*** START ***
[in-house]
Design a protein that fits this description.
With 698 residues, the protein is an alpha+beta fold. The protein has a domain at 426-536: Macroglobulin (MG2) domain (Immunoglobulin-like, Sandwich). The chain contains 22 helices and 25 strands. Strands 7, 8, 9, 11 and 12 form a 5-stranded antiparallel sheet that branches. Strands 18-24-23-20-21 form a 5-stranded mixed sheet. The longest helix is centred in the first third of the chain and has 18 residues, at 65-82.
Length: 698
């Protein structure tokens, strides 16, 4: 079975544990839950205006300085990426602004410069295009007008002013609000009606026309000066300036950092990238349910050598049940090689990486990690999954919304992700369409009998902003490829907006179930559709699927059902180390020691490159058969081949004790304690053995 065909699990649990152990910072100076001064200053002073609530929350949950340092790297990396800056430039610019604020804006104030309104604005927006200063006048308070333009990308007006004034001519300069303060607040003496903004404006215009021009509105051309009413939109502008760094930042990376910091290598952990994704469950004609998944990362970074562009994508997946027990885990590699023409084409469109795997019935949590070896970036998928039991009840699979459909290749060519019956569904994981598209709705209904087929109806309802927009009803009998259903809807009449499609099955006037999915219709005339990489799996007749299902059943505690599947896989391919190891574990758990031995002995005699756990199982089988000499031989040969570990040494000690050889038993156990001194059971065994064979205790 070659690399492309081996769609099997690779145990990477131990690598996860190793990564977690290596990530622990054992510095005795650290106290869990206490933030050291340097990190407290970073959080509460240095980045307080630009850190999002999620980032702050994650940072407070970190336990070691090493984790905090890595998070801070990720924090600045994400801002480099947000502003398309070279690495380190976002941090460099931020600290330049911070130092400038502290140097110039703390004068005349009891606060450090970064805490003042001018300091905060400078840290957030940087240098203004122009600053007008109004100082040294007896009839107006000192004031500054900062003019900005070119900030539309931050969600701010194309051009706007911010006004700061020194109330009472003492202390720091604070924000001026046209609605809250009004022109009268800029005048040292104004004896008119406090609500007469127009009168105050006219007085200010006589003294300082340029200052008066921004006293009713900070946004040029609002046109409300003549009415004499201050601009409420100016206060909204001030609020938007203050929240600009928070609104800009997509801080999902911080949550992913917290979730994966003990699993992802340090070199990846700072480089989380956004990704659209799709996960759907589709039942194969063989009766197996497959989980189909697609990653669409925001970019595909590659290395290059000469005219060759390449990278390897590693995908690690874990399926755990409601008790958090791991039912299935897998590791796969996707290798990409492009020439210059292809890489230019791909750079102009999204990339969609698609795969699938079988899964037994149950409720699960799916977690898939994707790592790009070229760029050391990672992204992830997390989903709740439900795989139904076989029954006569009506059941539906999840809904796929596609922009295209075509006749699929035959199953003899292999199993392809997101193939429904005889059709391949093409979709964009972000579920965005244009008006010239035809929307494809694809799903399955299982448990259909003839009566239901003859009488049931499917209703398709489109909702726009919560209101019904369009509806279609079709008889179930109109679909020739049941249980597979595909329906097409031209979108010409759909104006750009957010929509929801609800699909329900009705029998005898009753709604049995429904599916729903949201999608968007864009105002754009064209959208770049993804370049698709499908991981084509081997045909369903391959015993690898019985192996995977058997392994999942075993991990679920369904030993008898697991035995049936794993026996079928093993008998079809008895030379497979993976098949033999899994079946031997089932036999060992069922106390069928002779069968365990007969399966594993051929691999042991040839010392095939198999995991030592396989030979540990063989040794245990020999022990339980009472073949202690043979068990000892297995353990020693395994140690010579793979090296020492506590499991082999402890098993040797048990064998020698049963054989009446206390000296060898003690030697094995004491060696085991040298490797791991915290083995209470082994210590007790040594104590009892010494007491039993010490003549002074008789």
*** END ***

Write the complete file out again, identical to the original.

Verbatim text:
[in-house]
Design a protein that fits this description.
With 698 residues, the protein is an alpha+beta fold. The protein has a domain at 426-536: Macroglobulin (MG2) domain (Immunoglobulin-like, Sandwich). The chain contains 22 helices and 25 strands. Strands 7, 8, 9, 11 and 12 form a 5-stranded antiparallel sheet that branches. Strands 18-24-23-20-21 form a 5-stranded mixed sheet. The longest helix is centred in the first third of the chain and has 18 residues, at 65-82.
Length: 698
């Protein structure tokens, strides 16, 4: 079975544990839950205006300085990426602004410069295009007008002013609000009606026309000066300036950092990238349910050598049940090689990486990690999954919304992700369409009998902003490829907006179930559709699927059902180390020691490159058969081949004790304690053995 065909699990649990152990910072100076001064200053002073609530929350949950340092790297990396800056430039610019604020804006104030309104604005927006200063006048308070333009990308007006004034001519300069303060607040003496903004404006215009021009509105051309009413939109502008760094930042990376910091290598952990994704469950004609998944990362970074562009994508997946027990885990590699023409084409469109795997019935949590070896970036998928039991009840699979459909290749060519019956569904994981598209709705209904087929109806309802927009009803009998259903809807009449499609099955006037999915219709005339990489799996007749299902059943505690599947896989391919190891574990758990031995002995005699756990199982089988000499031989040969570990040494000690050889038993156990001194059971065994064979205790 070659690399492309081996769609099997690779145990990477131990690598996860190793990564977690290596990530622990054992510095005795650290106290869990206490933030050291340097990190407290970073959080509460240095980045307080630009850190999002999620980032702050994650940072407070970190336990070691090493984790905090890595998070801070990720924090600045994400801002480099947000502003398309070279690495380190976002941090460099931020600290330049911070130092400038502290140097110039703390004068005349009891606060450090970064805490003042001018300091905060400078840290957030940087240098203004122009600053007008109004100082040294007896009839107006000192004031500054900062003019900005070119900030539309931050969600701010194309051009706007911010006004700061020194109330009472003492202390720091604070924000001026046209609605809250009004022109009268800029005048040292104004004896008119406090609500007469127009009168105050006219007085200010006589003294300082340029200052008066921004006293009713900070946004040029609002046109409300003549009415004499201050601009409420100016206060909204001030609020938007203050929240600009928070609104800009997509801080999902911080949550992913917290979730994966003990699993992802340090070199990846700072480089989380956004990704659209799709996960759907589709039942194969063989009766197996497959989980189909697609990653669409925001970019595909590659290395290059000469005219060759390449990278390897590693995908690690874990399926755990409601008790958090791991039912299935897998590791796969996707290798990409492009020439210059292809890489230019791909750079102009999204990339969609698609795969699938079988899964037994149950409720699960799916977690898939994707790592790009070229760029050391990672992204992830997390989903709740439900795989139904076989029954006569009506059941539906999840809904796929596609922009295209075509006749699929035959199953003899292999199993392809997101193939429904005889059709391949093409979709964009972000579920965005244009008006010239035809929307494809694809799903399955299982448990259909003839009566239901003859009488049931499917209703398709489109909702726009919560209101019904369009509806279609079709008889179930109109679909020739049941249980597979595909329906097409031209979108010409759909104006750009957010929509929801609800699909329900009705029998005898009753709604049995429904599916729903949201999608968007864009105002754009064209959208770049993804370049698709499908991981084509081997045909369903391959015993690898019985192996995977058997392994999942075993991990679920369904030993008898697991035995049936794993026996079928093993008998079809008895030379497979993976098949033999899994079946031997089932036999060992069922106390069928002779069968365990007969399966594993051929691999042991040839010392095939198999995991030592396989030979540990063989040794245990020999022990339980009472073949202690043979068990000892297995353990020693395994140690010579793979090296020492506590499991082999402890098993040797048990064998020698049963054989009446206390000296060898003690030697094995004491060696085991040298490797791991915290083995209470082994210590007790040594104590009892010494007491039993010490003549002074008789």